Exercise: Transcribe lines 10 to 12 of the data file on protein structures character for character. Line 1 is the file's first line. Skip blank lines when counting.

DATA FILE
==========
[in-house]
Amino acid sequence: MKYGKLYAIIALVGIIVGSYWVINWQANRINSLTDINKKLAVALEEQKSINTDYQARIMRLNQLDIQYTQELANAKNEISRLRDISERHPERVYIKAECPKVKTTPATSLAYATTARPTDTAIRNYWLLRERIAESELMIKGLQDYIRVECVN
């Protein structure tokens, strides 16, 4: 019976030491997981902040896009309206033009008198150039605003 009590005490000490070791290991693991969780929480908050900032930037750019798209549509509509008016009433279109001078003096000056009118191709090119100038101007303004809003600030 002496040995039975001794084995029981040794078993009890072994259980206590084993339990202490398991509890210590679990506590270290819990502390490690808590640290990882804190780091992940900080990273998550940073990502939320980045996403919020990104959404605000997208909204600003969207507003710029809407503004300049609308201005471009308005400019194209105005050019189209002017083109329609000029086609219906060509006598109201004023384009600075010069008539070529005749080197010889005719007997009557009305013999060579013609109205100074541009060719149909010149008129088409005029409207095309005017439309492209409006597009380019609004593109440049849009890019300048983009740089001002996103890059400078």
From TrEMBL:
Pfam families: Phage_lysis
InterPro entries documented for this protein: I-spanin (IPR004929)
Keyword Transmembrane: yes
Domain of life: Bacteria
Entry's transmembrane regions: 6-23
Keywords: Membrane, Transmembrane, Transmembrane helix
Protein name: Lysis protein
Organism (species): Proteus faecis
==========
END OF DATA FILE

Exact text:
Keywords: Membrane, Transmembrane, Transmembrane helix
Protein name: Lysis protein
Organism (species): Proteus faecis